Quote of the Day: Meryl Streep Digs Journalists

Speaking at the the annual awards for the Committee to Protect Journalists last night, Meryl Streep—who plays Katharine Graham in Spielberg’s new Pentagon Papers movie—said this:

Our nation turns its lonely eyes to you. You are the Fourth Estate. You are our first line of defense against tyranny and state-sanctioned news … Thank you, you intrepid, underpaid, over-extended, trolled, and un-extolled, young and old, battered and bold, bought and sold, hyper-alert crack-caffeine fiends. You’re gorgeous, ambitious, contrarian, fiery, dogged and determined bullshit detectives.

What’s to say? It’s a good time to be a detective.

Writer’s Desk: It Beats Working, or Does It?

The late David Carr (Night of the Gun) was the kind of writer who reminded writers why they loved their jobs. He suffered for the job, but also thought it was a blast, and tore poseurs to pieces.

Here’s Carr being interviewed by a magazine at Boston University, where he taught a class:

The dirty secret: journalism has always been horrible to get in; you always have to eat so much crap to find a place to stand. I waited tables for seven years, did writing on the side. If you’re gonna get a job that’s a little bit of a caper, that isn’t really a job, that under ideal circumstances you get to at least leave the building and leave your desktop, go out, find people more interesting than you, learn about something, come back and tell other people about it—that should be hard to get into. That should be hard to do. No wonder everybody’s lined up, trying to get into it. It beats working.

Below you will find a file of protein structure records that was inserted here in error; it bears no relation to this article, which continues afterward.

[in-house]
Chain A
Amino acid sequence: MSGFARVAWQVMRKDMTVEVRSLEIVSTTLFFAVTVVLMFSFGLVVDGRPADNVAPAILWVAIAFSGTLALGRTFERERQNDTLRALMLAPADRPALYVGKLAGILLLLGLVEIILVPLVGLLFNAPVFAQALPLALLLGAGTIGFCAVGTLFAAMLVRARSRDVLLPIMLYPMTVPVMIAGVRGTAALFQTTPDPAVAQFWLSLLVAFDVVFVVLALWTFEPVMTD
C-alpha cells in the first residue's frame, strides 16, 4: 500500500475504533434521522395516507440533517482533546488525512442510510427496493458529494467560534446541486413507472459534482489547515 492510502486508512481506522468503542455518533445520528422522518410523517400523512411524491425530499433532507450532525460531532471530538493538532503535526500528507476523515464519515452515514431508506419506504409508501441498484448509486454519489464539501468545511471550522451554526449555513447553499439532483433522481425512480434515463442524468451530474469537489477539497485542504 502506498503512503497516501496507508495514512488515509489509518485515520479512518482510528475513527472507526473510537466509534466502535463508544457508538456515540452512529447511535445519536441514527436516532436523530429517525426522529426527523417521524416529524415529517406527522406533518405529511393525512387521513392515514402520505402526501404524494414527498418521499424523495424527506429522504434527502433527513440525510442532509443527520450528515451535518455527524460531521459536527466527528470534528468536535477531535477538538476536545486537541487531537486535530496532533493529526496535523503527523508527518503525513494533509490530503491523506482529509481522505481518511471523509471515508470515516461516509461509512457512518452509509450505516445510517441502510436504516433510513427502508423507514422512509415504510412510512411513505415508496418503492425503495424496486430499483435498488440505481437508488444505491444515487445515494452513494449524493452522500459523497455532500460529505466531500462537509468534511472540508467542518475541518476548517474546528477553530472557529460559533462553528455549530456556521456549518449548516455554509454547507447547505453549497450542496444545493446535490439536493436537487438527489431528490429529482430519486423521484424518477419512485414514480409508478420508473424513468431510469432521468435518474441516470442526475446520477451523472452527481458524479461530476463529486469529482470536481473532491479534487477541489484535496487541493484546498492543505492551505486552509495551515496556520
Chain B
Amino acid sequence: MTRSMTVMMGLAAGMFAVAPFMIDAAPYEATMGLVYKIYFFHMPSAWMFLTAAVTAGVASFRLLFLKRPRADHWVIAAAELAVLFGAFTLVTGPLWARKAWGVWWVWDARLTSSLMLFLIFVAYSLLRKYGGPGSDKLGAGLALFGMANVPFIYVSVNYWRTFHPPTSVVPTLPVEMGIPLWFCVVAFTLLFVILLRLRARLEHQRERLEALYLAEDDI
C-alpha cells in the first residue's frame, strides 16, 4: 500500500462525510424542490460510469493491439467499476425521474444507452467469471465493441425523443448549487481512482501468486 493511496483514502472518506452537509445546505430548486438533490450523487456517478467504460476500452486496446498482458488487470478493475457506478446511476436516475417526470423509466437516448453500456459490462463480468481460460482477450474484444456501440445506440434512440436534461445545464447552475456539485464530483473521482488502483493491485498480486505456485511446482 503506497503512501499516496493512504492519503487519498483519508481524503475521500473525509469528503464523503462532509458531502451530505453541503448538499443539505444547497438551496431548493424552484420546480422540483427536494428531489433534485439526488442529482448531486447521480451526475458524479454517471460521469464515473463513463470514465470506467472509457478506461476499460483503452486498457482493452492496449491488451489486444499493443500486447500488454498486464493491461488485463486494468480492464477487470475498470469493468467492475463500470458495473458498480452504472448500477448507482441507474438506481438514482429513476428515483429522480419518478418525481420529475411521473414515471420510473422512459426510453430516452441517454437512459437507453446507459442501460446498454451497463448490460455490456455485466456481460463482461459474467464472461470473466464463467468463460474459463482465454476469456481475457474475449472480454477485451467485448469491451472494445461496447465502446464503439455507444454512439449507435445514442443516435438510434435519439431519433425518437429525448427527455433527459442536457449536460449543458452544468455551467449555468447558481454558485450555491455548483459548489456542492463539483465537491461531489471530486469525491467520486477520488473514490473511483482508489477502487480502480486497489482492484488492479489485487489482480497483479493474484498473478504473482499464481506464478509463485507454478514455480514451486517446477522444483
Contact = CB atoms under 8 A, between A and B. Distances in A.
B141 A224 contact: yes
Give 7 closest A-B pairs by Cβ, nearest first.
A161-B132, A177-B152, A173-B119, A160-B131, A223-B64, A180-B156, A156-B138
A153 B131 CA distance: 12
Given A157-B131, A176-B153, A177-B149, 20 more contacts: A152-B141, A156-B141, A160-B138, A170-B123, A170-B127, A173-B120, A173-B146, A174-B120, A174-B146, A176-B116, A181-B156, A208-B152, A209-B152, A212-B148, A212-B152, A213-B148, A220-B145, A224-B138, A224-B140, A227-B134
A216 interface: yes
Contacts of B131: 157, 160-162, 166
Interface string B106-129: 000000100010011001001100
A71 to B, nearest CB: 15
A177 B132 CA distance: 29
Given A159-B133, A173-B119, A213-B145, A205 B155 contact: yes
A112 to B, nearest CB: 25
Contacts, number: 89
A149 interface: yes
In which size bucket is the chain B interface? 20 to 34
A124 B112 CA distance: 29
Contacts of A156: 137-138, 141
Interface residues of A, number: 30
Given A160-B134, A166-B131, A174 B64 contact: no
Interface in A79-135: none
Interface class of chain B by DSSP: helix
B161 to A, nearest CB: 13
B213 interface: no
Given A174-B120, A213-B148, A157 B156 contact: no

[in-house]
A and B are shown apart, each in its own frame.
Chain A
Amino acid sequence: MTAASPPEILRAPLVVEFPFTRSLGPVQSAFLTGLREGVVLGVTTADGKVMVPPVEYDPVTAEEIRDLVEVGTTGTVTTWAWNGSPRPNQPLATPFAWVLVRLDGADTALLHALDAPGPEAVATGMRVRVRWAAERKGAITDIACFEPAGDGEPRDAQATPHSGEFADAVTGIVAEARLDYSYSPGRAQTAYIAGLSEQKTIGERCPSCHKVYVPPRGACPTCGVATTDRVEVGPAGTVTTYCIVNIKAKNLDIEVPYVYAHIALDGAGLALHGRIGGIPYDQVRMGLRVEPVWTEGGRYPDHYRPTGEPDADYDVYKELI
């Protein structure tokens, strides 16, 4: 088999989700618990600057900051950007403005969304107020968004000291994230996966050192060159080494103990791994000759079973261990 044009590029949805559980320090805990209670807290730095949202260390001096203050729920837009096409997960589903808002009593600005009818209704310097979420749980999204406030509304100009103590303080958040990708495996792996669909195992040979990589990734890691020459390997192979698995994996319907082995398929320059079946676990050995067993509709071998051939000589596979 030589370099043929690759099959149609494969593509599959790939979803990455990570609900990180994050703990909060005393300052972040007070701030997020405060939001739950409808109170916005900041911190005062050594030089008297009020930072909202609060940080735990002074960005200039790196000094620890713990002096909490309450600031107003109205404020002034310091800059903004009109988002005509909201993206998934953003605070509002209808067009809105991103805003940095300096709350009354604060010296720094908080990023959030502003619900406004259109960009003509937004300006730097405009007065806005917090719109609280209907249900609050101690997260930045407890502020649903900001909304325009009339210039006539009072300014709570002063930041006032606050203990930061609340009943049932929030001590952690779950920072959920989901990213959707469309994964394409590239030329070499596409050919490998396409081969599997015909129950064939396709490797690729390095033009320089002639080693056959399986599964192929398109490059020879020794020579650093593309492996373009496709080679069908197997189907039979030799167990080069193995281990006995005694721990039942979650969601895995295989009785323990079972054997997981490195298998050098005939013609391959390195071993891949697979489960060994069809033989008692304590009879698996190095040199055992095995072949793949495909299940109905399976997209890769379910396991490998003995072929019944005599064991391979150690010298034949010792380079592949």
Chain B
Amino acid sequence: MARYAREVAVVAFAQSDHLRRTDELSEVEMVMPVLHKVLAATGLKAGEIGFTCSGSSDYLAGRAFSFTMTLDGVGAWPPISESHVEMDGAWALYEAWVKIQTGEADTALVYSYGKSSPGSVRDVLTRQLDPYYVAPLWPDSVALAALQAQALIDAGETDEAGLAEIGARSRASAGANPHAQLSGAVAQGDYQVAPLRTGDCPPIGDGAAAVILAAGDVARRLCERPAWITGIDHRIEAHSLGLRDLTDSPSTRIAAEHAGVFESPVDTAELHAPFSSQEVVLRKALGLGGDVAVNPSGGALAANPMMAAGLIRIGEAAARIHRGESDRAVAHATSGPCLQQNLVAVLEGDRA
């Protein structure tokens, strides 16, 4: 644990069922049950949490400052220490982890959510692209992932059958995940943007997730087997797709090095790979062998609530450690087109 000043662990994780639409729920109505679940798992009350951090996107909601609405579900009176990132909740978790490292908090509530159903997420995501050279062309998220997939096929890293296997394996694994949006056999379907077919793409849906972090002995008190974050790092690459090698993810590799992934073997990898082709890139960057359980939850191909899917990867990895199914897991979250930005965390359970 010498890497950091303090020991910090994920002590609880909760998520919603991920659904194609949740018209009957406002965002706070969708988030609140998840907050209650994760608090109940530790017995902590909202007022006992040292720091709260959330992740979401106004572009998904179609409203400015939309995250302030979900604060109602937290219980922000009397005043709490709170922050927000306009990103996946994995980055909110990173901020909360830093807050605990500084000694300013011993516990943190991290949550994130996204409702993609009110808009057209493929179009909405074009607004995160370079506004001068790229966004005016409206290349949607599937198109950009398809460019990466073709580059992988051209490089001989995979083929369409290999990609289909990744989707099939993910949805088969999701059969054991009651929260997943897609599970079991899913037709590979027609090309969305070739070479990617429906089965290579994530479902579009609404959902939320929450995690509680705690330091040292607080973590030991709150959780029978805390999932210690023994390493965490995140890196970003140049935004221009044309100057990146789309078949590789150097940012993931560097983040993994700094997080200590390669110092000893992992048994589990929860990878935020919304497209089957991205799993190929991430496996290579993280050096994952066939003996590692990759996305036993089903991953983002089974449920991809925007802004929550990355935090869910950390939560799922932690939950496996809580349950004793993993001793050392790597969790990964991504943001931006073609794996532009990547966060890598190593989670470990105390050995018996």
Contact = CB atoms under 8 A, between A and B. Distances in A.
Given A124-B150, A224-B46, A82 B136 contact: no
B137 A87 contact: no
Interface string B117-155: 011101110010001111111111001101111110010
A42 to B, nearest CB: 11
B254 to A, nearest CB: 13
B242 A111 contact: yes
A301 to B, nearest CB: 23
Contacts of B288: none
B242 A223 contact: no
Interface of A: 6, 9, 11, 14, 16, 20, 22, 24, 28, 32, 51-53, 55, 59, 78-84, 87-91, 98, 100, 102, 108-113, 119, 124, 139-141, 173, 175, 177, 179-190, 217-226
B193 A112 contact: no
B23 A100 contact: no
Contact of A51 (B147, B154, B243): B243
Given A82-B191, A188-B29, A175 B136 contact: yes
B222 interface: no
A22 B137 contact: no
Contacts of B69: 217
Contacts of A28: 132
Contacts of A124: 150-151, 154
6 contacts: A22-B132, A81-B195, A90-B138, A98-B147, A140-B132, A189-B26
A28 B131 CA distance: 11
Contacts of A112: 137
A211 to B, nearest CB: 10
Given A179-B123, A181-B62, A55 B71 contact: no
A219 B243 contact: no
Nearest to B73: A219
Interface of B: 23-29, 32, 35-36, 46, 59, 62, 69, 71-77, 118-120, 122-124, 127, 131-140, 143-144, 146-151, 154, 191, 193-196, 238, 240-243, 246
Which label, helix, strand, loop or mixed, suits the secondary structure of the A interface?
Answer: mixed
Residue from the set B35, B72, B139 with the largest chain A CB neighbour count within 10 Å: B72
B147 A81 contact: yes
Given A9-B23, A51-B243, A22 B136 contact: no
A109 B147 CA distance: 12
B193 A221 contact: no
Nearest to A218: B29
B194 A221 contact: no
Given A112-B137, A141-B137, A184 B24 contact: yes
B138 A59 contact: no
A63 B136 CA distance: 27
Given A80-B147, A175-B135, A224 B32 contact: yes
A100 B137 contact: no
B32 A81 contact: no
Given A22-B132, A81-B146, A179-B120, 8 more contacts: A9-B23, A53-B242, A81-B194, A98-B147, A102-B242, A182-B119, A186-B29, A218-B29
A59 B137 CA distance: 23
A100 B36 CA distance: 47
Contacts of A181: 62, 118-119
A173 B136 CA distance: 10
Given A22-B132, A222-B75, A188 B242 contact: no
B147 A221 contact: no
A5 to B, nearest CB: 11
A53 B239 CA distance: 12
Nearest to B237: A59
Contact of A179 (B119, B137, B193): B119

Writer’s Desk: Don’t Listen to What They Say

benhect1
Ben Hecht (Culver Pictures)

Ben Hecht, one of history’s great newspapermen and playwrights (The Front Page) before he became that drollest and most cynical of Hollywood scripters (Scarface), never read like somebody who cared a whit about what somebody thought of his writing.

To wit, Hecht’s advice to writers:

Criticism can never instruct or benefit you. Its chief effect is that of a telegram with dubious news. Praise leaves no glow behind, for it is a writer’s habit to remember nothing good of himself. I have usually forgotten those who have admired my work, and seldom anyone who disliked it. Obviously, this is because praise is never enough and censure always too much.

So, in short, ignore it all and get back to work. Unless the praise/critique comes from your editor, in which case sometimes you may have to listen.

Quote of the Day: Celebrity ‘Journalism’

From the always perspicacious P.J. O’Rourke, who wrote recently on the through-the-looking-glass experience that is reading an entire issue of People, or even US Weekly:

The formula for celebrity journalism is to mix schadenfreude with celebration at about the ratio of gin to vermouth in a dry martini.